Thursday 14 January 2010

Love your bike... just don't take a tram

Here's a good quote for a dark and frosty winter's day, it's from Arthur Conan Doyle:

“When the spirits are low, when the day appears dark, when work becomes monotonous, when hope hardly seems worth having, just mount a bicycle and go out for a spin down the road, without thought on anything but the ride you are taking.”

Lovely... but just don't try and get on a tram when those legs get a little tired, as it looks like Greater Manchester is about to vote to continue its ban on tram-borne bikes.

It pains me to say it, but when it comes to bikes on the metro, London can do it. In fact a host of other cities can manage it. Here's just a snapshot of light rail or tram services around the world that let cyclists on board:

Sydney Light Rail
British Colombia SkyLink
Calgary Transit
Copenhagen Metr
Lille – Transpole
Berlin BVG
Bielefeld moBiel
Frankfurt VGF
Hannover USTRA
Munchen MVV
Nurnberg VGN
Stuttgart SSB -
Amsterdam GVB
Rotterdam RET
Charlotte LYNX
Dallas Area Rapid Transit
Denver RTD
Miami Dade County Transit
Minneapolis MetroTransit
Phoenix Valley Metro
Portland Trimet
St Louis Metro

So there you go; not impossible; which was actually the conclusion of the Greater Manchester Authorities in 2002 when they “unanimously agreed to the principle of allowing bikes on trams during non-peak hours”.

Understandably, our friends at the Friends of the Earth-run Love Your Bike campaign are not best pleased. They think that allowing bicycles to travel on off-peak trams would encourage more people to combine tram and cycle journeys for commuting, shopping and leisure, and be an effective way to reduce carbon emissions. This argument is given greater power once they point out that Greater Manchester's own transport strategy suggests that between 2 and 5 miles is a perfect cycling distance, and that around 90% of the Greater Manchester population will soon be within a 2.5 mile cycle ride of a tram (when the hugely welcome new Metrolink services are completed).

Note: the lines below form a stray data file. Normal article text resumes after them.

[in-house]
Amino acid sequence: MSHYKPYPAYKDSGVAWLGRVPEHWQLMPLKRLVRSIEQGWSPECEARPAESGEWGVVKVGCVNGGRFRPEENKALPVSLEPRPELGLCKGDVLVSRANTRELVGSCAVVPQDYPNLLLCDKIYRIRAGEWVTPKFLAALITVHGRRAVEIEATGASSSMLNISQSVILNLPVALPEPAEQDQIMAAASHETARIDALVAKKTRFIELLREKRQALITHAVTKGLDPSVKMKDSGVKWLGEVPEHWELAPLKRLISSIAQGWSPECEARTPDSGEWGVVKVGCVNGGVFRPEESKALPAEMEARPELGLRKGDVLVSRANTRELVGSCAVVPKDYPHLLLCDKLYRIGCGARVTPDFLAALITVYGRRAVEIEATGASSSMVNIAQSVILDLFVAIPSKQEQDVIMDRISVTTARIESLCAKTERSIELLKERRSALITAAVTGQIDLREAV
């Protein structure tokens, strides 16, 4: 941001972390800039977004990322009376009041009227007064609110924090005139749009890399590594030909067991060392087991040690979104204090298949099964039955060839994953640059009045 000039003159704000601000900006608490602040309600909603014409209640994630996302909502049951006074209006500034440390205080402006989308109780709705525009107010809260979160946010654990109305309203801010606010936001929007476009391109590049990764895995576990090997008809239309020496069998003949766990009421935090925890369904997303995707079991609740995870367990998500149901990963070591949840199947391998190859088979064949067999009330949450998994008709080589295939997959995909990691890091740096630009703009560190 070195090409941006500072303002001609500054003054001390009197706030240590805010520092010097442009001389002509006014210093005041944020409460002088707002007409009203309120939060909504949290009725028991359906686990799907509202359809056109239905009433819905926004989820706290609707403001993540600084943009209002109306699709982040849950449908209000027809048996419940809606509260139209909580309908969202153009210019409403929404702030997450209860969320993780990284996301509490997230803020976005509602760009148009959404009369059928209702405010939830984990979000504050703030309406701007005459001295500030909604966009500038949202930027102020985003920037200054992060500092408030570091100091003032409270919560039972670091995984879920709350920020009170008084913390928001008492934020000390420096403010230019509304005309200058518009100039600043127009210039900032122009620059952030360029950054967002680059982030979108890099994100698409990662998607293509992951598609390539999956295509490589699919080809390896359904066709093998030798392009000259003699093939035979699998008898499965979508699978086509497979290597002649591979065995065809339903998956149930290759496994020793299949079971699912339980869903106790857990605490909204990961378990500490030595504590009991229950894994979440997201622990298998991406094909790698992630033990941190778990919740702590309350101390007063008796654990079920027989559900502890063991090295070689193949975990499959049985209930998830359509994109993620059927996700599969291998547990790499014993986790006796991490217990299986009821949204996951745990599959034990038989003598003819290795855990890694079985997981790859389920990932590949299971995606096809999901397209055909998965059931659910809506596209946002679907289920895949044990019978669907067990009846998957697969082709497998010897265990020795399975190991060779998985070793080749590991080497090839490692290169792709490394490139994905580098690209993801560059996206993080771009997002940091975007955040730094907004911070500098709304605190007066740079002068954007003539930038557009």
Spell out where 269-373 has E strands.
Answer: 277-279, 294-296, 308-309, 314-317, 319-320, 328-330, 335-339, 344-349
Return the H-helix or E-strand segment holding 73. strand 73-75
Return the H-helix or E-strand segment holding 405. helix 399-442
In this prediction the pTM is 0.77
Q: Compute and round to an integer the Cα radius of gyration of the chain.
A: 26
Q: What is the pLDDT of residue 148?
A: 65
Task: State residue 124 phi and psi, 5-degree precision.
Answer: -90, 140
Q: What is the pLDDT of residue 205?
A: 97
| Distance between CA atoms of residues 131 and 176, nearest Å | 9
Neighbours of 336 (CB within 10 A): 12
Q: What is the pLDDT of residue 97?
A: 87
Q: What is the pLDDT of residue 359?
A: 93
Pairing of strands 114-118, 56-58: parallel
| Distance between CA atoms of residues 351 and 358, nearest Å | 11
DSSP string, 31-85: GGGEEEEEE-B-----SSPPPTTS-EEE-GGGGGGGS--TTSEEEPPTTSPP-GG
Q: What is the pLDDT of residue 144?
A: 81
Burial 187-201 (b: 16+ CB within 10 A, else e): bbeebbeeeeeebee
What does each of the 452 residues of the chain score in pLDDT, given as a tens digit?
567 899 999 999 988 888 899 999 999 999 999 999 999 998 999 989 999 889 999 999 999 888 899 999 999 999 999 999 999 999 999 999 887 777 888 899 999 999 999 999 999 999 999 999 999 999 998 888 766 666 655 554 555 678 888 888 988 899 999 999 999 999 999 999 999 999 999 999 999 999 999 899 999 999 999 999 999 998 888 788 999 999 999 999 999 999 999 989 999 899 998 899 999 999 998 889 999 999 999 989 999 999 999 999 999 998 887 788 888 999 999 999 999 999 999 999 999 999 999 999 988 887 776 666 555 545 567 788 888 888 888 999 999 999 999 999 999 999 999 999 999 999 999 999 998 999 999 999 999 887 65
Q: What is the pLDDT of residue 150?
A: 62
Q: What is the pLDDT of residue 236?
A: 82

The vote on this takes place tomorrow and Love Your Bike is calling on anyone who can to urge the GMITA committee members to honour the pledge made in 2002 and vote to allow cycle carriage on off-peak cycle trams. If you fancy adding your voice, click here to send them an email.

1 comment:

  1. Amazingly as you note in your list it is possible to take a bike on a tram in Amsterdam (of all places this should be where the tram operator ought to be nervous about the demand) you do have to buy a ticket for the bike though.

    I'm not sure where the research behind the recommendations comes from but it seems to be a very different planet to that reported on by the US Transportation Research Board a long established body with a strong track (sic) record. Their, study Bikes on Transit (TCRP62) is downloadable and pages 25-31 discuss bikes on light rail with very differnt conclusions to those reported to the GMITA committee.

    The Portland (OR) MAX system is very much like Metrolink - fast routes on railway lines outside the centre and on-street running downtown - they let bikes on in 1991, with a permit system - but as the operations settled down (and over 3000 permits were issued) the permit requirement was quietly withdrawn - in 1995. This is a good model for promoting change, a small, closely managed trial which can be fine-tuned, grown and developed with a sound base of operational experience.